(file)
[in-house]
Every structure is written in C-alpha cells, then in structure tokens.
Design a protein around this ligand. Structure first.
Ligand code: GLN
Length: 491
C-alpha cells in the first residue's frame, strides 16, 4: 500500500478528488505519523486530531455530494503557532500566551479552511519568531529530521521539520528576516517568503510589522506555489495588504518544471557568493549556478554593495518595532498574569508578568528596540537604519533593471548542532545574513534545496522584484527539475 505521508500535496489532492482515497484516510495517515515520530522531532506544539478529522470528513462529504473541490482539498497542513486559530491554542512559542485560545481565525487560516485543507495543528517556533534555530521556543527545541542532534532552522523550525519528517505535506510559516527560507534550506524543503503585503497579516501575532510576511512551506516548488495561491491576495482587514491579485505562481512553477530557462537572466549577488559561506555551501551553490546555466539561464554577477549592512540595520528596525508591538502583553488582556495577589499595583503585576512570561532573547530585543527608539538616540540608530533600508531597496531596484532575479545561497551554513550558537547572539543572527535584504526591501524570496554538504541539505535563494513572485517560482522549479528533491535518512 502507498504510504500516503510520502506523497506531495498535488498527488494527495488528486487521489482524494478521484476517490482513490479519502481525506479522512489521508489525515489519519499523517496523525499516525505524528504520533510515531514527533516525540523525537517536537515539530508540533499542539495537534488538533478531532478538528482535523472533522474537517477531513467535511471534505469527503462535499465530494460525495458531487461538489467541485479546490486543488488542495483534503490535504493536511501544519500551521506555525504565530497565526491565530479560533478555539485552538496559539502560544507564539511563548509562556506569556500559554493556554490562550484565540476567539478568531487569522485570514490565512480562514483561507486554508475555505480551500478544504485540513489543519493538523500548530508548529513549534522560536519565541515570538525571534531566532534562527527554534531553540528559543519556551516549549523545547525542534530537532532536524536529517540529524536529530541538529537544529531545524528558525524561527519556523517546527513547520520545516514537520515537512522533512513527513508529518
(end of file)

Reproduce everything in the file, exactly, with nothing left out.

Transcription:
[in-house]
Every structure is written in C-alpha cells, then in structure tokens.
Design a protein around this ligand. Structure first.
Ligand code: GLN
Length: 491
C-alpha cells in the first residue's frame, strides 16, 4: 500500500478528488505519523486530531455530494503557532500566551479552511519568531529530521521539520528576516517568503510589522506555489495588504518544471557568493549556478554593495518595532498574569508578568528596540537604519533593471548542532545574513534545496522584484527539475 505521508500535496489532492482515497484516510495517515515520530522531532506544539478529522470528513462529504473541490482539498497542513486559530491554542512559542485560545481565525487560516485543507495543528517556533534555530521556543527545541542532534532552522523550525519528517505535506510559516527560507534550506524543503503585503497579516501575532510576511512551506516548488495561491491576495482587514491579485505562481512553477530557462537572466549577488559561506555551501551553490546555466539561464554577477549592512540595520528596525508591538502583553488582556495577589499595583503585576512570561532573547530585543527608539538616540540608530533600508531597496531596484532575479545561497551554513550558537547572539543572527535584504526591501524570496554538504541539505535563494513572485517560482522549479528533491535518512 502507498504510504500516503510520502506523497506531495498535488498527488494527495488528486487521489482524494478521484476517490482513490479519502481525506479522512489521508489525515489519519499523517496523525499516525505524528504520533510515531514527533516525540523525537517536537515539530508540533499542539495537534488538533478531532478538528482535523472533522474537517477531513467535511471534505469527503462535499465530494460525495458531487461538489467541485479546490486543488488542495483534503490535504493536511501544519500551521506555525504565530497565526491565530479560533478555539485552538496559539502560544507564539511563548509562556506569556500559554493556554490562550484565540476567539478568531487569522485570514490565512480562514483561507486554508475555505480551500478544504485540513489543519493538523500548530508548529513549534522560536519565541515570538525571534531566532534562527527554534531553540528559543519556551516549549523545547525542534530537532532536524536529517540529524536529530541538529537544529531545524528558525524561527519556523517546527513547520520545516514537520515537512522533512513527513508529518